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Howmet TX

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Howmet TX
Howmet TX Daytona.jpg
CategoryGroup 6 sports prototype
ConstructorMcKee Engineering
Designer(s)United States Ray Heppenstall
United States Bob McKee
Technical specifications
ChassisTubular space frame
Suspension (front)Double wishbone with coil spring
Suspension (rear)Double wishbone with coil spring
Length154 in (3,900 mm) [1]
Width71.5 in (1,820 mm)[1]
Height46.5 in (1,180 mm)[1]
Axle trackFront: 58.5 in (1,490 mm)
Rear: 56.5 in (1,440 mm)[1]
Wheelbase93.5 in (2,370 mm) or 91.25 in (2,318 mm)[1]
EngineContinental TS325-1 2,960 cc (181 cu in) two-stage gas turbine mid-mounted
Transmission1-speed (electric motor for reverse)
FuelJet A
Competition history
Notable entrantsUnited States Howmet Corporation
Notable driversUnited States Ray Heppenstall
United States Dick Thompson
United States Ed Lowther
United States Bob Tullius
United Kingdom Hugh Dibley
Debut1968 24 Hours of Daytona
Last season1968
Constructors' Championships0
Drivers' Championships0

The Howmet TX (Turbine eXperimental) was an American sports prototype racing car designed in 1968 to test the competitive use of a gas turbine engine in sports car racing. Planned by racing driver Ray Heppenstall, the TX combined a chassis built by McKee Engineering, turbine engines leased from Continental Aviation & Engineering, and financial backing and materials from the Howmet Corporation.[2]

Although not the first attempt at using a turbine powerplant in auto racing, the Howmet TX was the first and is still the only turbine to win a race,[2] earning two Sports Car Club of America (SCCA) race victories and two qualifying sprint victories during its only year of competition.[3] The TX later set six Fédération Internationale de l'Automobile (FIA) land speed records for turbines after being retired from racing.[2]


Interest in the use of gas turbines as an alternative to the piston engine had been gaining support in the automobile industry during the 1960s. Chrysler had begun testing in the 1950s and began leasing their Turbine Car to the public in 1963,[4] while British manufacturer Rover and racing team BRM combined to build a racing car for the 24 Hours of Le Mans in 1963 and 1965.[5] Both cars showed reliability but were unable to win over the public or to win at Le Mans respectively.[6] By 1967, team owner and car developer Andy Granatelli had created the STP-Paxton Turbocar for the Indianapolis 500. The car nearly won the race driven by Parnelli Jones, but suffered a mechanical failure after leading over two-thirds of the event.[7] A similar attempt with a Lotus 56 in 1968 also led to retirement after showing winning potential.[6]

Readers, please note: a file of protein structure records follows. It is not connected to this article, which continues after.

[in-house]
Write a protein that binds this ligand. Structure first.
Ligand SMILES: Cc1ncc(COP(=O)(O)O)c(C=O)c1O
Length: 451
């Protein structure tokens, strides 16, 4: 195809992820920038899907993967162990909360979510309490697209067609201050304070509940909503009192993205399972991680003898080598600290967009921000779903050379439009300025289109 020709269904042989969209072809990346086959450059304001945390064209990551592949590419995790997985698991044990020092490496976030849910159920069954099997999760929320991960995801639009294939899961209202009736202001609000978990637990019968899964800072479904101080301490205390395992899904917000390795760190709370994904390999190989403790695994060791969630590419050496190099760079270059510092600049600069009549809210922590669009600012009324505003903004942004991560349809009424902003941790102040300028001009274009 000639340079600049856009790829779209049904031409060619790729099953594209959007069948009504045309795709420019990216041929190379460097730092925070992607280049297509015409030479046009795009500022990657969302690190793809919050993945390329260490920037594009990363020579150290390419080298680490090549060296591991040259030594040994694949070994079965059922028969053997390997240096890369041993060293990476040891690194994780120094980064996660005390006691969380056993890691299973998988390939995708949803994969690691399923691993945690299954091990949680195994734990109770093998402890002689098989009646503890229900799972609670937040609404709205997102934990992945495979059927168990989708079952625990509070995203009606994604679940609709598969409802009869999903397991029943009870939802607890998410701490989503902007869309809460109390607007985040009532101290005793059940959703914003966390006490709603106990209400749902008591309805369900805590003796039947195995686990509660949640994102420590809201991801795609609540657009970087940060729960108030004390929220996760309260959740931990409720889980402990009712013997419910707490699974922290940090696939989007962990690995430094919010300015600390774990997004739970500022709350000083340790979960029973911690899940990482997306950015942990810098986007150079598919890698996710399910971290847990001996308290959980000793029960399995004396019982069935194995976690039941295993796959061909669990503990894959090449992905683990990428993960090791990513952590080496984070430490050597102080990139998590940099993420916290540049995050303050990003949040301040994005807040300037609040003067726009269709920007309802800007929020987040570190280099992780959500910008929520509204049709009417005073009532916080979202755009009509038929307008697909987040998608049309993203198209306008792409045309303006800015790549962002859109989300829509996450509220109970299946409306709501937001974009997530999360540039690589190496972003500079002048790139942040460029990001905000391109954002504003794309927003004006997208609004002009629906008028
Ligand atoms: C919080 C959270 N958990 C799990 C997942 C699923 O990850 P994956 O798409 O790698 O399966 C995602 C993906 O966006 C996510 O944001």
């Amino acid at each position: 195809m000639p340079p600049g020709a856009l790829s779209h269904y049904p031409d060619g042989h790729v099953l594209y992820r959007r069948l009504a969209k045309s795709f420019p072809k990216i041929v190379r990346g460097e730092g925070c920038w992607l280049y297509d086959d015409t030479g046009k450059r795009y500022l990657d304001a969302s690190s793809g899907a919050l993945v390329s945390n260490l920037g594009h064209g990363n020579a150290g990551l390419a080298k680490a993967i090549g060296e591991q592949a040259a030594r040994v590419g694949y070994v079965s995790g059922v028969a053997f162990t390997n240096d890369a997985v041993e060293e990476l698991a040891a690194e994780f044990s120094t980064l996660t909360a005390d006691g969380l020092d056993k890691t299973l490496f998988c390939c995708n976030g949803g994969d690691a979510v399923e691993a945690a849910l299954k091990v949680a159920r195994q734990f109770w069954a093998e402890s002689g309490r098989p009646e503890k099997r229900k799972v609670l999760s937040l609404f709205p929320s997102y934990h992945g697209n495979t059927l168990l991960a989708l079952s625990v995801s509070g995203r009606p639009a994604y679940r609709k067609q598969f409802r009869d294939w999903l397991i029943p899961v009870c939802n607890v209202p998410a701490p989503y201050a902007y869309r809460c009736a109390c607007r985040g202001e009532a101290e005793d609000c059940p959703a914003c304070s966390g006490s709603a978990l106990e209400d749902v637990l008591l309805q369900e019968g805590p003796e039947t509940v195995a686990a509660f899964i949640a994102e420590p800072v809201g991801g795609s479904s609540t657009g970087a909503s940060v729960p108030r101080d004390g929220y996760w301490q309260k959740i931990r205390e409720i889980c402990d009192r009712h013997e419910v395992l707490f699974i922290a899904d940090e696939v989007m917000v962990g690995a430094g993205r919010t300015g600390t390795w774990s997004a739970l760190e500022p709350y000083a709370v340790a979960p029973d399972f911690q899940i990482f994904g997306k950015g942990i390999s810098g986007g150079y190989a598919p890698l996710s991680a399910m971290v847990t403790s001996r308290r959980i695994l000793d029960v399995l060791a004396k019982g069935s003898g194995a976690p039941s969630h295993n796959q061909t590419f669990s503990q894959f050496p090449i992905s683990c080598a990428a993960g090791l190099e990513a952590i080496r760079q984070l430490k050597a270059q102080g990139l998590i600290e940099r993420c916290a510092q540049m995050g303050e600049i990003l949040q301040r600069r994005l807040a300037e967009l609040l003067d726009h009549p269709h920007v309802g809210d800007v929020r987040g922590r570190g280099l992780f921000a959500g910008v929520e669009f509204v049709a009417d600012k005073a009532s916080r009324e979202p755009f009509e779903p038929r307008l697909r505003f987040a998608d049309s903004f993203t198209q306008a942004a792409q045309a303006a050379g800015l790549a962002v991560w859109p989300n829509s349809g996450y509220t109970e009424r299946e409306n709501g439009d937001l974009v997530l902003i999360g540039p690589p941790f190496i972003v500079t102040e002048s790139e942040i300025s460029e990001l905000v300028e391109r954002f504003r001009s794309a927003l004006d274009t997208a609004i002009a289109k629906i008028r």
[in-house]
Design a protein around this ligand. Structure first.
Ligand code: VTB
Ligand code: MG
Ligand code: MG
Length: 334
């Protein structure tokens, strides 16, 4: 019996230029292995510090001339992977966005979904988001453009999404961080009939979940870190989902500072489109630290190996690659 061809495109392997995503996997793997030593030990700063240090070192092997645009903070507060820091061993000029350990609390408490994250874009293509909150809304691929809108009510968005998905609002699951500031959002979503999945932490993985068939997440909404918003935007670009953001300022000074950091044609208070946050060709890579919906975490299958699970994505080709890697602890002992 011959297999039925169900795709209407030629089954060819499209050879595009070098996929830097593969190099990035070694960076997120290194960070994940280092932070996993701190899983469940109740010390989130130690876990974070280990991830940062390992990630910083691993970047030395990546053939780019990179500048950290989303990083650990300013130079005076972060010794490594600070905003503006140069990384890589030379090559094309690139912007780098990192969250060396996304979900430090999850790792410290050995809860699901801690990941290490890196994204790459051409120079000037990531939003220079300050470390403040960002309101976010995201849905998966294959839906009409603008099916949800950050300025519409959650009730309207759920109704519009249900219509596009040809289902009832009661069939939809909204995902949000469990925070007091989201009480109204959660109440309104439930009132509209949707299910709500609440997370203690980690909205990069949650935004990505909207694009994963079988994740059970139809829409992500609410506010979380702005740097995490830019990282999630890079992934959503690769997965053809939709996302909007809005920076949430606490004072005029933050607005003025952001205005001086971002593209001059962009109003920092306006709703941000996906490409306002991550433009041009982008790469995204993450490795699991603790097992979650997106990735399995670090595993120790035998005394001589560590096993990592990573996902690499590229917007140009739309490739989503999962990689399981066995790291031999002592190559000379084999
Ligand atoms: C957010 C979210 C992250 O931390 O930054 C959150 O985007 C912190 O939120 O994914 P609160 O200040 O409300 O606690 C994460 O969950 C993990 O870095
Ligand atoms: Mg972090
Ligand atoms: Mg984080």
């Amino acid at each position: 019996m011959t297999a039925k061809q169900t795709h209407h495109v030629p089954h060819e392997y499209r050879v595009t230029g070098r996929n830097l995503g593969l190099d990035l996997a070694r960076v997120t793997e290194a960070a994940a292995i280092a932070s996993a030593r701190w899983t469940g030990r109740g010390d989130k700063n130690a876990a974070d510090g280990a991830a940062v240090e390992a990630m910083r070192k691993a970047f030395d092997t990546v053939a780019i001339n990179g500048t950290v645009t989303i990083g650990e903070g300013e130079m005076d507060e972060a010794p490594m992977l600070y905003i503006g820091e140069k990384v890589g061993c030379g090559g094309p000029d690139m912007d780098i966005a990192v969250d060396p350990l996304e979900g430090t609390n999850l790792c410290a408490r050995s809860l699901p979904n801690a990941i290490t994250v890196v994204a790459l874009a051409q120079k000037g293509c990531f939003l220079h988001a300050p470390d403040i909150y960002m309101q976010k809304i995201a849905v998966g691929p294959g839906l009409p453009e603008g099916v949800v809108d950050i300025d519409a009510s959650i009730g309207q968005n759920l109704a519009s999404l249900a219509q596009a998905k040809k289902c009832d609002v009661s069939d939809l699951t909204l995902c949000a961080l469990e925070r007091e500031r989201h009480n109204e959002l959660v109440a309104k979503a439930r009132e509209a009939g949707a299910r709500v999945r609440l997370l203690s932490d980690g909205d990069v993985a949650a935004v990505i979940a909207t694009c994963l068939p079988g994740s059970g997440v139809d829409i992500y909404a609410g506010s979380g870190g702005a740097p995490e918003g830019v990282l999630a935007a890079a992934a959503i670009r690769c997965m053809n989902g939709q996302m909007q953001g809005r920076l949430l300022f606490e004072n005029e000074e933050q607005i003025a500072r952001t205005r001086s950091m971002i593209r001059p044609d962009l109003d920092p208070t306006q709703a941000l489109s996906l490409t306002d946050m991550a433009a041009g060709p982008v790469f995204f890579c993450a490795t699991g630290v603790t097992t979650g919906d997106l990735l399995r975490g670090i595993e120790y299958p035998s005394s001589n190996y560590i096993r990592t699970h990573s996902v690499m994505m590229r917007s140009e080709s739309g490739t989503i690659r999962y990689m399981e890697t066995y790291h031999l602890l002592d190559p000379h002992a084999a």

The Howmet TX was built on the McKee Mk.9 chassis. This is the first example of two built in period.

At the same time as Granatelli's turbine debut at Indy, racer Ray Heppenstall began to conceive a design for his own sports car to make use of a gas turbine, improving in some areas where the Rover-BRM had failed several years before. Heppenstall felt that a more simplified design for the chassis could make a turbine-powered car more competitive. Heppenstall originally proposed the car to Allison Engine Company and later to Williams Research.[8] He eventually turned to fellow racer Tom Fleming for aid. Fleming was at the time vice-president of Howmet Corporation, which provided castings for turbines in the aerospace industry. Heppenstall and Fleming were able to convince Howmet that their backing of a competitive and unique sports car could promote public awareness of the company. Howmet agreed to fund the project, lending their name to the car.[2]


Heppenstall began the project by purchasing a Cooper Monaco sports car, but later decided it was not the best choice for a turbine and the car was sold off.[8] Bob McKee, owner of McKee Engineering, was then contracted by Heppenstall to build two cars brand new. The first space frame chassis was actually built from an older McKee car initially built for the Can Am series in 1966, but adapted to house the turbine engine.[6][9] The second car #GTP2 was built from scratch, allowing it to be purposely designed around the use of a turbine engine, including a chassis 2.25 inches (57 mm) longer.[2] The chassis were known as the Mk.9 to McKee, but only ever raced as turbines under the Howmet TX guise.[9]

The Mk.9 was designed around the FIA's Group 6 regulations for sports prototypes, allowing for a completely custom mid-engine layout that was only limited in terms of engine sizes available to competitors. Closed cockpit bodywork with gullwing doors was designed by Bob McKee to shroud the mid-engine layout. Standard double wishbone suspension with coil springs were used with disc brakes on each wheel. A 32-US-gallon (120 L) fuel tank was placed between the cockpit and turbine, housing Jet A fuel.[6]


The turbines to power the two Howmet TXs were leased from Continental Aviation & Engineering. The TS325-1 gas turbines were prototypes from an aborted bid for a military helicopter contract which Continental was not putting to use at the time.[10] The loaned turbines weighed 170 pounds (77 kg) and were able to provide 350 bhp (260 kW) and 650 lbf⋅ft (880 N⋅m) of torque.[2] A maximum of 57,000 rpm was able to be reached.[10]

The exhaust pipes for the original Continental turbine. The smaller pipe at the back is for the turbine's wastegate.

A two-stage setup used an internal power turbine to drive the rear wheels through the use of reduction gearing. Due to the wide variable output of the turbine and the high level of torque, a standard gearbox was not necessary, leaving the Howmet TX with only a single gearing speed. However, the gearing ratios were able to be quickly changed in the differential, allowing the car to be adapted to various circuits. Due to the use of a single-speed transmission, there was no gearing for reverse. Although Heppenstall initially wished to do without reverse, the FIA mandated its use and a small electric motor powered by the turbine was installed, allowing the car to move in reverse.[2][8]